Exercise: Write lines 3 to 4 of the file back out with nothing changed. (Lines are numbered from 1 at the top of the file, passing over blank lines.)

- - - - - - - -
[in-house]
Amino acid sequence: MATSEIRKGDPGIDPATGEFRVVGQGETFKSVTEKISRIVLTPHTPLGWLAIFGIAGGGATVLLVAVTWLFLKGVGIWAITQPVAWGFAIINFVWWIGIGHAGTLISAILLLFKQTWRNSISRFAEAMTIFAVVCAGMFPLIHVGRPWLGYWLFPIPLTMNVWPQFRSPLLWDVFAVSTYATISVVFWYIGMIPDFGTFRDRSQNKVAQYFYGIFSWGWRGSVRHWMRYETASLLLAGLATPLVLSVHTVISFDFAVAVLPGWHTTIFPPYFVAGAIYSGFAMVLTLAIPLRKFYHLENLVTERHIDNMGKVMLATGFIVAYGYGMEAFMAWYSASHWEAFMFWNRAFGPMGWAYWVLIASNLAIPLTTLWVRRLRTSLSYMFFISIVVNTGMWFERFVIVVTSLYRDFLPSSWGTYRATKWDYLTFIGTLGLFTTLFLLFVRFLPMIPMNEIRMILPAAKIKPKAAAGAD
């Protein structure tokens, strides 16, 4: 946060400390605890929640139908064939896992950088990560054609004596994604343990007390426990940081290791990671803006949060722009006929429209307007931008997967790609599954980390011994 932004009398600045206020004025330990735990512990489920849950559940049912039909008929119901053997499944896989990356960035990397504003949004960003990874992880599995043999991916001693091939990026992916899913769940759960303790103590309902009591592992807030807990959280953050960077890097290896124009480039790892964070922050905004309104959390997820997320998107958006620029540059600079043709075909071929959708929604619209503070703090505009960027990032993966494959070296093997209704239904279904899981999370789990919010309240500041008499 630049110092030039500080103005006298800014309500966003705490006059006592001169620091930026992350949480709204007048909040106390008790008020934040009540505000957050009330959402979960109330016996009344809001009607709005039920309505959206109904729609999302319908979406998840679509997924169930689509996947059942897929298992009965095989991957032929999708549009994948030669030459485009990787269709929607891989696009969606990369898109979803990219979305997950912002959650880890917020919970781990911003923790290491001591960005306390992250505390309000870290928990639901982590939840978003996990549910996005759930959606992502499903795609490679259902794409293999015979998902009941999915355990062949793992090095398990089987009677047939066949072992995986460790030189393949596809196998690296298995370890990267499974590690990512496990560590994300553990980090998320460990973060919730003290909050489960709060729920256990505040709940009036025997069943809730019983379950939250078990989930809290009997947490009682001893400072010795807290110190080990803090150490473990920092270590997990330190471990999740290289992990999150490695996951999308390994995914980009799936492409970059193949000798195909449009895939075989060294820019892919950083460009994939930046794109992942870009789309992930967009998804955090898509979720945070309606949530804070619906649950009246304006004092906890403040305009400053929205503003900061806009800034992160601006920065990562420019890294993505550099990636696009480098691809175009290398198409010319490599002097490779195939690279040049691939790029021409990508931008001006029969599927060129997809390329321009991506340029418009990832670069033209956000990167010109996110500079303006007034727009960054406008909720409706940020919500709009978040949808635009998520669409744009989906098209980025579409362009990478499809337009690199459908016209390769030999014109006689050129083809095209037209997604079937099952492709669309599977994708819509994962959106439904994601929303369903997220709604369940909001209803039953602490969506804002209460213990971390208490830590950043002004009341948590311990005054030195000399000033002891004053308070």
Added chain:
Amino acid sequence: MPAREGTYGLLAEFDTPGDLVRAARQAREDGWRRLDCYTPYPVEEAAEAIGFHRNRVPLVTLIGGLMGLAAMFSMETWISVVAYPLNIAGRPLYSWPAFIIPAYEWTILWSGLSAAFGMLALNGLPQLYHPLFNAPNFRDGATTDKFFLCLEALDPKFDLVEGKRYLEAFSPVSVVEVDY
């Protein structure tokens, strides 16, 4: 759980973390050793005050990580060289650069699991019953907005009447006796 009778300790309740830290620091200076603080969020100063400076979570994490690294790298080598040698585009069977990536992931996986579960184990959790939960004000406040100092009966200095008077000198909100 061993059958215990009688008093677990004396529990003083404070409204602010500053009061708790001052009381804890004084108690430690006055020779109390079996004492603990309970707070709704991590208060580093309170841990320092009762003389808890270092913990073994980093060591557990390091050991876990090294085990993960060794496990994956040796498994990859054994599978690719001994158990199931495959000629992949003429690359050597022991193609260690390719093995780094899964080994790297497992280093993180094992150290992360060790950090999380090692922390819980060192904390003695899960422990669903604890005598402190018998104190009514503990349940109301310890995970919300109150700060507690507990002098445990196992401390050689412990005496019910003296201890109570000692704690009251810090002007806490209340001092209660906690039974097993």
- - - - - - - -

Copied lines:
């Protein structure tokens, strides 16, 4: 946060400390605890929640139908064939896992950088990560054609004596994604343990007390426990940081290791990671803006949060722009006929429209307007931008997967790609599954980390011994 932004009398600045206020004025330990735990512990489920849950559940049912039909008929119901053997499944896989990356960035990397504003949004960003990874992880599995043999991916001693091939990026992916899913769940759960303790103590309902009591592992807030807990959280953050960077890097290896124009480039790892964070922050905004309104959390997820997320998107958006620029540059600079043709075909071929959708929604619209503070703090505009960027990032993966494959070296093997209704239904279904899981999370789990919010309240500041008499 630049110092030039500080103005006298800014309500966003705490006059006592001169620091930026992350949480709204007048909040106390008790008020934040009540505000957050009330959402979960109330016996009344809001009607709005039920309505959206109904729609999302319908979406998840679509997924169930689509996947059942897929298992009965095989991957032929999708549009994948030669030459485009990787269709929607891989696009969606990369898109979803990219979305997950912002959650880890917020919970781990911003923790290491001591960005306390992250505390309000870290928990639901982590939840978003996990549910996005759930959606992502499903795609490679259902794409293999015979998902009941999915355990062949793992090095398990089987009677047939066949072992995986460790030189393949596809196998690296298995370890990267499974590690990512496990560590994300553990980090998320460990973060919730003290909050489960709060729920256990505040709940009036025997069943809730019983379950939250078990989930809290009997947490009682001893400072010795807290110190080990803090150490473990920092270590997990330190471990999740290289992990999150490695996951999308390994995914980009799936492409970059193949000798195909449009895939075989060294820019892919950083460009994939930046794109992942870009789309992930967009998804955090898509979720945070309606949530804070619906649950009246304006004092906890403040305009400053929205503003900061806009800034992160601006920065990562420019890294993505550099990636696009480098691809175009290398198409010319490599002097490779195939690279040049691939790029021409990508931008001006029969599927060129997809390329321009991506340029418009990832670069033209956000990167010109996110500079303006007034727009960054406008909720409706940020919500709009978040949808635009998520669409744009989906098209980025579409362009990478499809337009690199459908016209390769030999014109006689050129083809095209037209997604079937099952492709669309599977994708819509994962959106439904994601929303369903997220709604369940909001209803039953602490969506804002209460213990971390208490830590950043002004009341948590311990005054030195000399000033002891004053308070």
Added chain: